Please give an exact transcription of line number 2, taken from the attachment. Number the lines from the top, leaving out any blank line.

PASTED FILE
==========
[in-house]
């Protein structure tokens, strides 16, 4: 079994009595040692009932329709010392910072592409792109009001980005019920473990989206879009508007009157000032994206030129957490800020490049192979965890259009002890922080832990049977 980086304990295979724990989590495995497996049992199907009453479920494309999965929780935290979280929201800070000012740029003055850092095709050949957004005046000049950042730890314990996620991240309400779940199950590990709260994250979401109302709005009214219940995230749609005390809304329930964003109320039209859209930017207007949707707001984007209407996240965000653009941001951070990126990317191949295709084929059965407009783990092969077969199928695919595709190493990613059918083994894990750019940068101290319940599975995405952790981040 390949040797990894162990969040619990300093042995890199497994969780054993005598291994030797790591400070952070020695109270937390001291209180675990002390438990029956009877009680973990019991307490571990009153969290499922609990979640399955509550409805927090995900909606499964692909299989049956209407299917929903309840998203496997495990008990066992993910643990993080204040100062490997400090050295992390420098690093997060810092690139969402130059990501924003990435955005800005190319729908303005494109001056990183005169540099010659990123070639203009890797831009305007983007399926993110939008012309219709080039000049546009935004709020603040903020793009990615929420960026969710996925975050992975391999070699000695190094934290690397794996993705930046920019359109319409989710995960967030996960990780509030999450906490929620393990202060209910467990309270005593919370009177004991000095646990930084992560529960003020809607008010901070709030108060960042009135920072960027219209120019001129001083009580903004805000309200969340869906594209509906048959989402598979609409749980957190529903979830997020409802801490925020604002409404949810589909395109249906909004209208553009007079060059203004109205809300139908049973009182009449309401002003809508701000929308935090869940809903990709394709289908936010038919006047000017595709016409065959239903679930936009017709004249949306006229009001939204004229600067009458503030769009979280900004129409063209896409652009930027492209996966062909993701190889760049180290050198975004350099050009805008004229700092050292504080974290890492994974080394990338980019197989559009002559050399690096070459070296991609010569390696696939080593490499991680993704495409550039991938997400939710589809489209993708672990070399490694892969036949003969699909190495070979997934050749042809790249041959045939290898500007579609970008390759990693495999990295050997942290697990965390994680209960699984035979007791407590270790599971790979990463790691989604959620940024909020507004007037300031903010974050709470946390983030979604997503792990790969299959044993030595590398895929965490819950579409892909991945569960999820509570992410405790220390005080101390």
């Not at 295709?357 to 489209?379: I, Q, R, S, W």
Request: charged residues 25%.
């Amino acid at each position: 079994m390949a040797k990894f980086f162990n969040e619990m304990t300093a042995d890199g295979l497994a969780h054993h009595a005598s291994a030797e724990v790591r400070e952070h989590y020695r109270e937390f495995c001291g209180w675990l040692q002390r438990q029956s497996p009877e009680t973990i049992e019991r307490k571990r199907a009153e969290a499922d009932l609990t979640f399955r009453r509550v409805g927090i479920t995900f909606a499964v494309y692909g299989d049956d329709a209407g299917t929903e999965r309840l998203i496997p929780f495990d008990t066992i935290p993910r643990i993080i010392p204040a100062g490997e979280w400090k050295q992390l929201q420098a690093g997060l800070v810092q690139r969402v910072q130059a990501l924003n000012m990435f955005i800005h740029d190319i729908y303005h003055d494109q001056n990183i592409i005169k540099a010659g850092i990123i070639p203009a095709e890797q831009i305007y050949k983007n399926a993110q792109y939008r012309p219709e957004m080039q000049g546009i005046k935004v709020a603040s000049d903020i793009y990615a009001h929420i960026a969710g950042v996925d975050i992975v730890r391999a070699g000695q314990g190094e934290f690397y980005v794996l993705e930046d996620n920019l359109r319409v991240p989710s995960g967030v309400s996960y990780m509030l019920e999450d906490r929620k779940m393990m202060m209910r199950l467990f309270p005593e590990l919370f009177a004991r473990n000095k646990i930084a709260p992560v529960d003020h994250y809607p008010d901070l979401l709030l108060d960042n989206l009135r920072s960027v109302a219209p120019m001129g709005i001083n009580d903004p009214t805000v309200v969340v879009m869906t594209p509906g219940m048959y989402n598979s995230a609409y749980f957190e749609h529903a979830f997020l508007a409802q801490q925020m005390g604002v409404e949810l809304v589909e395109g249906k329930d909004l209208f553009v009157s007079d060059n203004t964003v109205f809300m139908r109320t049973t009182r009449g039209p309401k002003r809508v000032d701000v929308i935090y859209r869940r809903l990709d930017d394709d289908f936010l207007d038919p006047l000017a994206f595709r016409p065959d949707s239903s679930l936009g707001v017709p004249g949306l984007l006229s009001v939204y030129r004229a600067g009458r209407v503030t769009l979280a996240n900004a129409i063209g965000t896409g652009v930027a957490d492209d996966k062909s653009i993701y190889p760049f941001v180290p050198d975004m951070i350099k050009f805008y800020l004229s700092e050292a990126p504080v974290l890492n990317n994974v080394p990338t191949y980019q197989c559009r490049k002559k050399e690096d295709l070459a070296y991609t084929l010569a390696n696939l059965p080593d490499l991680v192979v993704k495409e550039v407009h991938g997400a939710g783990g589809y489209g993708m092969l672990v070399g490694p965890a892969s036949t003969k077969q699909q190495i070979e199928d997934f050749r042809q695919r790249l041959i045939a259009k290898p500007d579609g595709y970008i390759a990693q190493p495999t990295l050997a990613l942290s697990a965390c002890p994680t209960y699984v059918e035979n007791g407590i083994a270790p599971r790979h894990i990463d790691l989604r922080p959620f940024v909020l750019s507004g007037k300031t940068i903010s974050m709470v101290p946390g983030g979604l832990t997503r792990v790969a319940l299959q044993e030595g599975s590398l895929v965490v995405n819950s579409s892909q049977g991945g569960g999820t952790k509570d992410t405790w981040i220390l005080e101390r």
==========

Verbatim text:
């Protein structure tokens, strides 16, 4: 079994009595040692009932329709010392910072592409792109009001980005019920473990989206879009508007009157000032994206030129957490800020490049192979965890259009002890922080832990049977 980086304990295979724990989590495995497996049992199907009453479920494309999965929780935290979280929201800070000012740029003055850092095709050949957004005046000049950042730890314990996620991240309400779940199950590990709260994250979401109302709005009214219940995230749609005390809304329930964003109320039209859209930017207007949707707001984007209407996240965000653009941001951070990126990317191949295709084929059965407009783990092969077969199928695919595709190493990613059918083994894990750019940068101290319940599975995405952790981040 390949040797990894162990969040619990300093042995890199497994969780054993005598291994030797790591400070952070020695109270937390001291209180675990002390438990029956009877009680973990019991307490571990009153969290499922609990979640399955509550409805927090995900909606499964692909299989049956209407299917929903309840998203496997495990008990066992993910643990993080204040100062490997400090050295992390420098690093997060810092690139969402130059990501924003990435955005800005190319729908303005494109001056990183005169540099010659990123070639203009890797831009305007983007399926993110939008012309219709080039000049546009935004709020603040903020793009990615929420960026969710996925975050992975391999070699000695190094934290690397794996993705930046920019359109319409989710995960967030996960990780509030999450906490929620393990202060209910467990309270005593919370009177004991000095646990930084992560529960003020809607008010901070709030108060960042009135920072960027219209120019001129001083009580903004805000309200969340869906594209509906048959989402598979609409749980957190529903979830997020409802801490925020604002409404949810589909395109249906909004209208553009007079060059203004109205809300139908049973009182009449309401002003809508701000929308935090869940809903990709394709289908936010038919006047000017595709016409065959239903679930936009017709004249949306006229009001939204004229600067009458503030769009979280900004129409063209896409652009930027492209996966062909993701190889760049180290050198975004350099050009805008004229700092050292504080974290890492994974080394990338980019197989559009002559050399690096070459070296991609010569390696696939080593490499991680993704495409550039991938997400939710589809489209993708672990070399490694892969036949003969699909190495070979997934050749042809790249041959045939290898500007579609970008390759990693495999990295050997942290697990965390994680209960699984035979007791407590270790599971790979990463790691989604959620940024909020507004007037300031903010974050709470946390983030979604997503792990790969299959044993030595590398895929965490819950579409892909991945569960999820509570992410405790220390005080101390």